In three years, English producer Mura Masa has racked up over one billion streams. This is an impressive enough feat on its own, but it’s one that supports the quality of music he has released through his career. Yet it sets a high bar to live up to; with his sophomore album, R.Y.C (Raw Youth Collage), his task is to match or exceed the bar that he set with his self-titled debut album.
The exciting guitar riffs on first track “Raw Youth Collage” starts the album on the right track, setting the tone for the tracks to follow. However, midway through, it becomes easy to get lost because it seems like there is something missing. That something is what could make the difference between playing it on repeat and simply wanting it to end.
That insubstantial approach makes for a frustrating listen. Everything about the entire project indicates that Mura Masa’s goal with R.Y.C. was to create something new and different, outside of what his peers are doing. Yet the problem with that is, in the absence of stronger songs at the core, it just seems like he ends up trying too hard to create a weird futuristic mashup of sounds and not much more than that. “On Deal Wiv It,” Slowthai’s verses are the best parts of the song, his words ultimately drawing attention away from the beat at the center of it. On the repeat-worthy “I Don’t Think I Can Do This Again,” Clairo adds an unforgettable chorus that would make a hit song if not for the raw production. Meanwhile, on “In My Mind,” the 23-year-old singer is too caught up in his own internal world, struggling to bring listeners along with him.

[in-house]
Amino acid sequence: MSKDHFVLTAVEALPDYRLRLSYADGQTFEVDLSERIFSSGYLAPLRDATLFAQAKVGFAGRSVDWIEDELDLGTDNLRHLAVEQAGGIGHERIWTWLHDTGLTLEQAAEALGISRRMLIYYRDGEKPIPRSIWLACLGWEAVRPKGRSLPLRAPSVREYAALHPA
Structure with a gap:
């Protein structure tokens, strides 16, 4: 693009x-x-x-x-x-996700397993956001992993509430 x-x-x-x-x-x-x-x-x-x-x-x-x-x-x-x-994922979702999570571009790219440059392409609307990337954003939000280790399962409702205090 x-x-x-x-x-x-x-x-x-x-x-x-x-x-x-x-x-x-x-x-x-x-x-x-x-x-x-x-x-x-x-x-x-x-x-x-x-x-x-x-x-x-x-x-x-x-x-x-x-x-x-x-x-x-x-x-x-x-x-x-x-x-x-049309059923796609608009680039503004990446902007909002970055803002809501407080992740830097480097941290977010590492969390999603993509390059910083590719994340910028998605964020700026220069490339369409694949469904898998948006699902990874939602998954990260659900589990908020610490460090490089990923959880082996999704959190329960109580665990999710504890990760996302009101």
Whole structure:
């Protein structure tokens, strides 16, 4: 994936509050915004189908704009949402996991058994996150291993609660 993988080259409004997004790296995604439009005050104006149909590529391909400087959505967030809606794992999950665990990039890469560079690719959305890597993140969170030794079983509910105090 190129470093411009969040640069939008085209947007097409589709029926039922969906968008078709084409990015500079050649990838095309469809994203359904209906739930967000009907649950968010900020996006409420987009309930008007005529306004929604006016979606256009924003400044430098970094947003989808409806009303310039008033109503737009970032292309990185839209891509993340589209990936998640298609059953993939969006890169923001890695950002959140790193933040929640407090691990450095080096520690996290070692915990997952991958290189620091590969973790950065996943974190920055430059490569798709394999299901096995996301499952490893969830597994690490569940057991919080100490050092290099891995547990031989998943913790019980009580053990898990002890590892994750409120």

The best songs on R.Y.C. either include guest artists, or are buried in the bottom half of the album. “Today,” the most striking song on the project, features Tirzah’s melodious vocals, and it’s worth slogging through the preceding songs to get there. There are a handful of other gems, like the poetic “A Meeting At An Oak Tree,” the groove-heavy “Live Like We’re Dancing,” “No Hope Generation,” and the closing track.
R.Y.C. feels less like a finished album than a rough draft. After listening to this album one begins to wonder, whatever happened to the Mura Masa who made “Love$ick”; The Mura Masa who won a Grammy; The Mura Masa that came on strong with his self-titled debut? He’s a versatile and creative producer, but his sophomore album is both overstuffed and undercooked—a lot of great ideas still wanting for proper execution.